We’ve often been asked by SAP users “How does configuration in Concur work? Is it the same as in SAP?”. So, now I’ll try to give you an idea without going into too many details.
In general, it is probably fair to say that Concur is much more configurable than SAP Travel Management – but then in SAP you have BADIs and other options to add custom coding, which gives you the ultimate flexibility (at a cost). As a rule, excluding custom programming, you can do more in Concur, but considering all options with custom code, you’d obviously be able to cover more very bespoke requirements.
The style of configuration resembles the SuccessFactors Admin Centre (but less chaotic in structure) more than SAP Travel Management configuration in the IMG. SAP tries to squeeze everything into tables, which makes it look more homogenous across the board. In Concur, the configuration UI looks more like forms with tick boxes and other fields aimed to fit best the particular bit of configuration (at least in theory).
Most of the configuration can be split according to groups (of employees) and or policies and the main areas to configure are:
- Account assignments
- Forms and fields
- Allowances / per diems
- Audit rules
- Lists (Picklists)
- Report Layout
- Rules / policy violations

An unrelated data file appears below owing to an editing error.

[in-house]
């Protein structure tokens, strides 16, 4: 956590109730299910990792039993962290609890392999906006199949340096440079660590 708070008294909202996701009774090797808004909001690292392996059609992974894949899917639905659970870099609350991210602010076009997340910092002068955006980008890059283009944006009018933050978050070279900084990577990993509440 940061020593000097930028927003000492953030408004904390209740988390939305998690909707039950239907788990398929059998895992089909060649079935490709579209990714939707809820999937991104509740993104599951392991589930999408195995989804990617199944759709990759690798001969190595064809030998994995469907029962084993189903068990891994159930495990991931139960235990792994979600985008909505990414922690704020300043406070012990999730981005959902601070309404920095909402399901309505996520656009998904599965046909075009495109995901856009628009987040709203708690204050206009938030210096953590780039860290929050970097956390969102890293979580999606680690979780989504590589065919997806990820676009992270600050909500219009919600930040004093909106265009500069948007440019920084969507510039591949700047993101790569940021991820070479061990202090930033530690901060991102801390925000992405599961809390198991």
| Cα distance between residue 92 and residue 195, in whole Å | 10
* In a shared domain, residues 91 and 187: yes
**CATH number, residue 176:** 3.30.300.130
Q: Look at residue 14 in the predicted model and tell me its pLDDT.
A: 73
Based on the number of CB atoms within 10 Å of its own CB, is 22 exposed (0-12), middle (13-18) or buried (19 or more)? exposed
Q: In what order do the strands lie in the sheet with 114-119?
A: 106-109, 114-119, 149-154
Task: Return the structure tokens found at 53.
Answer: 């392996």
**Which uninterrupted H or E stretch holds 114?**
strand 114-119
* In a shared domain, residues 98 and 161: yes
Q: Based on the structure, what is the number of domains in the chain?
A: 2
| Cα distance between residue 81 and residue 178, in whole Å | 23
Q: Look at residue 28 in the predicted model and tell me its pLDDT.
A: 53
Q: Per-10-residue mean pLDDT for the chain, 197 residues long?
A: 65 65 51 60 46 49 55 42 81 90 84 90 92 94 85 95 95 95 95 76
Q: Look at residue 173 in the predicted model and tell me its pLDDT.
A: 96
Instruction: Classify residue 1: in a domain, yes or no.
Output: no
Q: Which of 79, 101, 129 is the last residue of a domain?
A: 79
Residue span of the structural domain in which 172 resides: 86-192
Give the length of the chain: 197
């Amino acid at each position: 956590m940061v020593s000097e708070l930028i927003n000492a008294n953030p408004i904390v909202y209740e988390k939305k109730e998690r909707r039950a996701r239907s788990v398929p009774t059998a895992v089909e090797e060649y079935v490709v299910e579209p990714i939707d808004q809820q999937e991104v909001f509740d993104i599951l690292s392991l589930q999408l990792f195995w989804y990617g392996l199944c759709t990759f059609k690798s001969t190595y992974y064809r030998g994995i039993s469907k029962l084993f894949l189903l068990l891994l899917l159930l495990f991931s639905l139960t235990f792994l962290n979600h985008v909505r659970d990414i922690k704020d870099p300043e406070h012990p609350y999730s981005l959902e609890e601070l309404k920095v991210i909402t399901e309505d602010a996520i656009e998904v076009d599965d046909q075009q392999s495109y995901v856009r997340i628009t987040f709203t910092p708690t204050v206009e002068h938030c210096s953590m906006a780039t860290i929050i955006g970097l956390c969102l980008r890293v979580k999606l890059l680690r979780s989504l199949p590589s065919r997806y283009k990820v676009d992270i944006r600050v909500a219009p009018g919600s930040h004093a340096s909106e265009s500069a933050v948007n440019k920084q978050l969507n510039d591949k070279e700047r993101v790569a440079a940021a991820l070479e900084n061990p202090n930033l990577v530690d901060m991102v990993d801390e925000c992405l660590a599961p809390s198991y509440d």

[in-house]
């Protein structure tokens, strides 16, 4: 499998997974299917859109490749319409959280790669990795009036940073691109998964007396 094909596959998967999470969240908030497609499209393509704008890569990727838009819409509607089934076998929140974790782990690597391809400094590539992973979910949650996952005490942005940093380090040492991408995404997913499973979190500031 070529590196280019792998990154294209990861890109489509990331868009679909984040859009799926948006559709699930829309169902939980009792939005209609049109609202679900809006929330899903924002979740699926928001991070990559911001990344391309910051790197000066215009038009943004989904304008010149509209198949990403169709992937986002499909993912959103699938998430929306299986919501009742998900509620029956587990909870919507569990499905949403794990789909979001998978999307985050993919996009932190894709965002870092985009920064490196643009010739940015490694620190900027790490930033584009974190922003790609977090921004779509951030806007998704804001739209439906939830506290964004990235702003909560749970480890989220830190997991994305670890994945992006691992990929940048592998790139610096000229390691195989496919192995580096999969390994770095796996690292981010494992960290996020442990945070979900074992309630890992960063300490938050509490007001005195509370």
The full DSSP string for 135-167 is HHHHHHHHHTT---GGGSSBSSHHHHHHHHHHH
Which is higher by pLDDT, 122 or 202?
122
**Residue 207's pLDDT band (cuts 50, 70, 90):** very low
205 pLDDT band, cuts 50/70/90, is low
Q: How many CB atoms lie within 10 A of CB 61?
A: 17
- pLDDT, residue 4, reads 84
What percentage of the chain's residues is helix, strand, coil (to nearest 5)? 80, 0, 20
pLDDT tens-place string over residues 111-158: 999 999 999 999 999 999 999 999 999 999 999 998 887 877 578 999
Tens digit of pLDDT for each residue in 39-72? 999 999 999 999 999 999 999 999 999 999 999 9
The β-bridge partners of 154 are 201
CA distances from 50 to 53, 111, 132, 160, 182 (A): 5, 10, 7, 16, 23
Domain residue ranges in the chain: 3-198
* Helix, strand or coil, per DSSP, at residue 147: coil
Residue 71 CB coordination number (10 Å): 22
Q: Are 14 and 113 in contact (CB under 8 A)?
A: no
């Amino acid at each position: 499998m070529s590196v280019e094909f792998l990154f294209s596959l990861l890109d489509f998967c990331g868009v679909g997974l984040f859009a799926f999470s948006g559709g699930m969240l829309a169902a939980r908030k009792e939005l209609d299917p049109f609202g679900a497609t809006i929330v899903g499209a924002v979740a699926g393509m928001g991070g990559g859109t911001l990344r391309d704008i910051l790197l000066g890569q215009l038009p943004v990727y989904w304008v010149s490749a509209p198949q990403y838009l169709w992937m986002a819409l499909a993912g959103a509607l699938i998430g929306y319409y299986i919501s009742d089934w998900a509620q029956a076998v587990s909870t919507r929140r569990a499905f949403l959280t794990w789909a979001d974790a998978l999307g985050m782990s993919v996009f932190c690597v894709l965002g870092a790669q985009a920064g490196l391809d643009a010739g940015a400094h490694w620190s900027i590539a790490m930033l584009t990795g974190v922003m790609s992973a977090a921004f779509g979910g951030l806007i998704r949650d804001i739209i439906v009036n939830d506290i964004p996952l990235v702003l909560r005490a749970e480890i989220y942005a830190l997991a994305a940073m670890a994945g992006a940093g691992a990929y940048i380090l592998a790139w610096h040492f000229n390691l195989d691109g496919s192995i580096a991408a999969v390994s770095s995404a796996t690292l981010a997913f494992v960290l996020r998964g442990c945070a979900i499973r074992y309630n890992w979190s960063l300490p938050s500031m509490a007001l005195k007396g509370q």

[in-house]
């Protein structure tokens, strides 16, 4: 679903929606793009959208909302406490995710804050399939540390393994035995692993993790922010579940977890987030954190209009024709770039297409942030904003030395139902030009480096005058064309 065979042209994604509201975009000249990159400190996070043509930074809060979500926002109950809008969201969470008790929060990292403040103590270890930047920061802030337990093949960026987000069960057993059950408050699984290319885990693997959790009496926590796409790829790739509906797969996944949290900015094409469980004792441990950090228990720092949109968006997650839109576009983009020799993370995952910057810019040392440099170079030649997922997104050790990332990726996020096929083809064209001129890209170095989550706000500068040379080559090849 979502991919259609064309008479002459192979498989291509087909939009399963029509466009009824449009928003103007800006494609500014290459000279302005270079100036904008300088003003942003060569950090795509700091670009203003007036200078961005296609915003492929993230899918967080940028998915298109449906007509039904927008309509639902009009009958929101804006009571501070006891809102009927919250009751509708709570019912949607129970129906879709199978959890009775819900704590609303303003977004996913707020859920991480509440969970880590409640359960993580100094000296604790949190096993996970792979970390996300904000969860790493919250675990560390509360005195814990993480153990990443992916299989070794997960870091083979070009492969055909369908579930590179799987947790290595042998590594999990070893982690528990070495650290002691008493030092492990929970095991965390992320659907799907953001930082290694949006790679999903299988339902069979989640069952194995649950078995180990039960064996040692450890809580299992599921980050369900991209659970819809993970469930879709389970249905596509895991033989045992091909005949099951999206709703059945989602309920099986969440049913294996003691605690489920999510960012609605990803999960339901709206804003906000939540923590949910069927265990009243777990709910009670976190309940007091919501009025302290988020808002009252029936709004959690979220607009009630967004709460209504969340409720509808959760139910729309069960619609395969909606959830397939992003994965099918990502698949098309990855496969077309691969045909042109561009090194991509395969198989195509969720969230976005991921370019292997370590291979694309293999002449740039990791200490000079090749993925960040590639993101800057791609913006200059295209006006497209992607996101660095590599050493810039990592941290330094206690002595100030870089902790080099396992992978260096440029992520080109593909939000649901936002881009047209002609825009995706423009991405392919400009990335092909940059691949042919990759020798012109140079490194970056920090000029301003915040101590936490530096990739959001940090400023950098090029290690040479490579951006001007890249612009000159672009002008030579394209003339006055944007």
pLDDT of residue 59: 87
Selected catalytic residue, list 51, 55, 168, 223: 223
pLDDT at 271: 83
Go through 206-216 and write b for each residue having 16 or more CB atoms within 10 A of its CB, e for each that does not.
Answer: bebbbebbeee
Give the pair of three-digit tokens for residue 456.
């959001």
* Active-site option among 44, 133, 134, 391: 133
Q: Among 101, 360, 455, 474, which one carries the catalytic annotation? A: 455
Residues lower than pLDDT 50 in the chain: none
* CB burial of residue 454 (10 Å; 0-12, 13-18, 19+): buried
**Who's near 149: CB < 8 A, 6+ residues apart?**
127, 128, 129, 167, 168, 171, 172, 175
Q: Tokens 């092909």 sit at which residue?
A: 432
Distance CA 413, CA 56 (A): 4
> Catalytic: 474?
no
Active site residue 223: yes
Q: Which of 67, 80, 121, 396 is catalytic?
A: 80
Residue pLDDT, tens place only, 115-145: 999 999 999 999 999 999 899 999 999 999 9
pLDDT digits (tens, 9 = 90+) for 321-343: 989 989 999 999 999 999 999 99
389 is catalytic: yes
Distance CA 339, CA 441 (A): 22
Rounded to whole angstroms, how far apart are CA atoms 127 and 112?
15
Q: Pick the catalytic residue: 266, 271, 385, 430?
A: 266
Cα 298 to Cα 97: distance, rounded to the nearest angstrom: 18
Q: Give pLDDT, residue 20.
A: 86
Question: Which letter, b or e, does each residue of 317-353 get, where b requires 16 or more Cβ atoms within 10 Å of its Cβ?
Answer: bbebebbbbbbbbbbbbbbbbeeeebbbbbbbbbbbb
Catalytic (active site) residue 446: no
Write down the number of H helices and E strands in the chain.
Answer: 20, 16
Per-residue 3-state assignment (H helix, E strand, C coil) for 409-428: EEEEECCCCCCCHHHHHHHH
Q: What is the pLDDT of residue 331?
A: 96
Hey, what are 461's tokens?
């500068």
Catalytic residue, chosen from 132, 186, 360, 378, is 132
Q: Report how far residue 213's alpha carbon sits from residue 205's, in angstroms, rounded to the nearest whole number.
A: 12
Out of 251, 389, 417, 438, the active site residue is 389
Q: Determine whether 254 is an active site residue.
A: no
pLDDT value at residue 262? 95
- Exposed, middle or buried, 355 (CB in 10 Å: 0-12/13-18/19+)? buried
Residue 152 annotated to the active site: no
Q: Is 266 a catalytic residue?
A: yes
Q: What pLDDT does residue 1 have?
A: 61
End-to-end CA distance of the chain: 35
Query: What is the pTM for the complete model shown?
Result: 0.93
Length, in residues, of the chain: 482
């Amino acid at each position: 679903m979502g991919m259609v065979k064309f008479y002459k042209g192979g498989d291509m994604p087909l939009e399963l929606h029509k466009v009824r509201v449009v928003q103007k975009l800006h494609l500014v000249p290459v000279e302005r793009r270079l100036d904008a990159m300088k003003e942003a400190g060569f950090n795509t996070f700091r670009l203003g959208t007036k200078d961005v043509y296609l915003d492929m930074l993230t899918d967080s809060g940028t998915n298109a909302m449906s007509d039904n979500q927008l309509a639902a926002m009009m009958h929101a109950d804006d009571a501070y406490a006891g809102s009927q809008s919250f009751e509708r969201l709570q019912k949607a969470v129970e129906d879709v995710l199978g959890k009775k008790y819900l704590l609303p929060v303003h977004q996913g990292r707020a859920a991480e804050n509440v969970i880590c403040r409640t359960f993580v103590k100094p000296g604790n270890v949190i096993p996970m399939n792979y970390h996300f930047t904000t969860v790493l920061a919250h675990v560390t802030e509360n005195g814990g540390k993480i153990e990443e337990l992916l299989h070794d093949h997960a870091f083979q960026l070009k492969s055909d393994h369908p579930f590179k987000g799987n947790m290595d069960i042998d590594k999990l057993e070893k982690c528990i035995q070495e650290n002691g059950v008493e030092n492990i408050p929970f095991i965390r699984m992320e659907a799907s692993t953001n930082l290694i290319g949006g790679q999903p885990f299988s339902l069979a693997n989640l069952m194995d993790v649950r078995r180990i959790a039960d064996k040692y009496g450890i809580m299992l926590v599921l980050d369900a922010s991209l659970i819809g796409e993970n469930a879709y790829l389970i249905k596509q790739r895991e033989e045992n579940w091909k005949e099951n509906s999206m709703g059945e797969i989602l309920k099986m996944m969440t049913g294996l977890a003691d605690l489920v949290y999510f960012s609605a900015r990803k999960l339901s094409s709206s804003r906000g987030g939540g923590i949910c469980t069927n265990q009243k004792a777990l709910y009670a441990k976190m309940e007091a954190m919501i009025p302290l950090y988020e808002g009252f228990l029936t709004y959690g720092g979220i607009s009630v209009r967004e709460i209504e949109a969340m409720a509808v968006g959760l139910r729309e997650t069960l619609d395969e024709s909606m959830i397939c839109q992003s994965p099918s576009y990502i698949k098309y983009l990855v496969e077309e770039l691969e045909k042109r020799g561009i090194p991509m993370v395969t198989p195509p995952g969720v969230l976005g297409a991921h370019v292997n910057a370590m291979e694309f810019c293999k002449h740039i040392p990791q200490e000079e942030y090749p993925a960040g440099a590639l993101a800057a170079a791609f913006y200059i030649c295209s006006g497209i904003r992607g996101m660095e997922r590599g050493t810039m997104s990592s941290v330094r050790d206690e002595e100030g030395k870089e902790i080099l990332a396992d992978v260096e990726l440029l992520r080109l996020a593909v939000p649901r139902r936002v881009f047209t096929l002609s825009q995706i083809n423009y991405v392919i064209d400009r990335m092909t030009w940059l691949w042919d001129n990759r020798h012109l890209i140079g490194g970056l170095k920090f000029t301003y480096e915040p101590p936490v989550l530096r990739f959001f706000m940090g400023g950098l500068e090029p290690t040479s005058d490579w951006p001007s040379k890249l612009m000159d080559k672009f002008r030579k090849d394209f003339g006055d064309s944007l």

- Vendor discounts
- Company settings like allowing upgrade, allowing guest users,…
- Custom Fields
- Vendor Management
- and a lot more smaller things like attendee management, currencies, notifications…
The Audit rules section can be particularly powerful as the exception events it creates can also be sued to control workflows.
For customers, it’s important to understand that not all configuration is open to them, unless they get a special training and certification after go live. So, without certification they can e.g. add audit rules or add entries to lists, but can’t change the expense types or the forms for expense capture.
So much for a quick framework to understand the overall structure. Now let’s look at an example setting up a travel rule. The requirement is:
- The travel policy says: 3 or more employees of the company in the same plane are not allowed for risk management purposes (a requirement to be found in many policies, albeit with a higher threshold). It can be allowed, if it is established that the 3 colleagues are not working in the same field of expertise.
- So, when trying to book a flight, where 2 colleagues are already booked, the system should issue a warning
- The traveler could confirm that it is ok, but then the booking would require managerial approval
Here’s a YouTube video showing how it works: